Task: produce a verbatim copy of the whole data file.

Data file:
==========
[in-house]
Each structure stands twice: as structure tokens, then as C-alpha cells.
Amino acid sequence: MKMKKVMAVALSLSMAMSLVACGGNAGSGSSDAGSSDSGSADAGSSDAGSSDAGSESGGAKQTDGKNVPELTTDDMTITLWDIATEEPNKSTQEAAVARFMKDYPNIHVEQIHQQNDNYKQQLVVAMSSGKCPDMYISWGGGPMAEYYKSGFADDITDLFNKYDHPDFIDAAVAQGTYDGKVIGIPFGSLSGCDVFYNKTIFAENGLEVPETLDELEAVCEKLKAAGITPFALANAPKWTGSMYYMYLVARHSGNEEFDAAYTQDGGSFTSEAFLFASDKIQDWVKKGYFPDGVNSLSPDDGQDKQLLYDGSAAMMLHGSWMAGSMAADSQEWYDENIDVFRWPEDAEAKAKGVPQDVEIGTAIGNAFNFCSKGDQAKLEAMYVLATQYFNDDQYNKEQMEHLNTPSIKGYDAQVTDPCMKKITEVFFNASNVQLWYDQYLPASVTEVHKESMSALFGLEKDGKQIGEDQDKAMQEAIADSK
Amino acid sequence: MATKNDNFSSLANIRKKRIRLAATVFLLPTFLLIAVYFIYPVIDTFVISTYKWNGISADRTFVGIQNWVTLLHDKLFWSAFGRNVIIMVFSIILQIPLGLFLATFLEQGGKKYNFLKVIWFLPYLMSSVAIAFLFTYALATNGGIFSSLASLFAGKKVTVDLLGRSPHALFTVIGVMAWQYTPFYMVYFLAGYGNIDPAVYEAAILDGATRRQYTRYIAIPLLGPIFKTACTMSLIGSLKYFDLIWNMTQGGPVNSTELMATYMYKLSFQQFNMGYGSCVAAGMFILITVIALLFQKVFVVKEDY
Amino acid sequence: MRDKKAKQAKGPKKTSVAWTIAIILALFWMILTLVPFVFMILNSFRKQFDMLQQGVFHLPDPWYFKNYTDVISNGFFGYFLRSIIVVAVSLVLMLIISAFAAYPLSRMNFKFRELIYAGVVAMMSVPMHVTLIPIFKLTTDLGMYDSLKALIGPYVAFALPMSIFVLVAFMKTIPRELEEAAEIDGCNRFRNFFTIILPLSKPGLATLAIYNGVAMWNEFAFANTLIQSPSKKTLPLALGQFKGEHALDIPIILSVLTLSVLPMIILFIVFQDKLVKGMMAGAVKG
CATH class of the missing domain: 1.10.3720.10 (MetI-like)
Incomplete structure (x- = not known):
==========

[in-house]
Each structure stands twice: as structure tokens, then as C-alpha cells.
Amino acid sequence: MKMKKVMAVALSLSMAMSLVACGGNAGSGSSDAGSSDSGSADAGSSDAGSSDAGSESGGAKQTDGKNVPELTTDDMTITLWDIATEEPNKSTQEAAVARFMKDYPNIHVEQIHQQNDNYKQQLVVAMSSGKCPDMYISWGGGPMAEYYKSGFADDITDLFNKYDHPDFIDAAVAQGTYDGKVIGIPFGSLSGCDVFYNKTIFAENGLEVPETLDELEAVCEKLKAAGITPFALANAPKWTGSMYYMYLVARHSGNEEFDAAYTQDGGSFTSEAFLFASDKIQDWVKKGYFPDGVNSLSPDDGQDKQLLYDGSAAMMLHGSWMAGSMAADSQEWYDENIDVFRWPEDAEAKAKGVPQDVEIGTAIGNAFNFCSKGDQAKLEAMYVLATQYFNDDQYNKEQMEHLNTPSIKGYDAQVTDPCMKKITEVFFNASNVQLWYDQYLPASVTEVHKESMSALFGLEKDGKQIGEDQDKAMQEAIADSK
Amino acid sequence: MATKNDNFSSLANIRKKRIRLAATVFLLPTFLLIAVYFIYPVIDTFVISTYKWNGISADRTFVGIQNWVTLLHDKLFWSAFGRNVIIMVFSIILQIPLGLFLATFLEQGGKKYNFLKVIWFLPYLMSSVAIAFLFTYALATNGGIFSSLASLFAGKKVTVDLLGRSPHALFTVIGVMAWQYTPFYMVYFLAGYGNIDPAVYEAAILDGATRRQYTRYIAIPLLGPIFKTACTMSLIGSLKYFDLIWNMTQGGPVNSTELMATYMYKLSFQQFNMGYGSCVAAGMFILITVIALLFQKVFVVKEDY
Amino acid sequence: MRDKKAKQAKGPKKTSVAWTIAIILALFWMILTLVPFVFMILNSFRKQFDMLQQGVFHLPDPWYFKNYTDVISNGFFGYFLRSIIVVAVSLVLMLIISAFAAYPLSRMNFKFRELIYAGVVAMMSVPMHVTLIPIFKLTTDLGMYDSLKALIGPYVAFALPMSIFVLVAFMKTIPRELEEAAEIDGCNRFRNFFTIILPLSKPGLATLAIYNGVAMWNEFAFANTLIQSPSKKTLPLALGQFKGEHALDIPIILSVLTLSVLPMIILFIVFQDKLVKGMMAGAVKG
CATH class of the missing domain: 1.10.3720.10 (MetI-like)
Incomplete structure (x- = not known):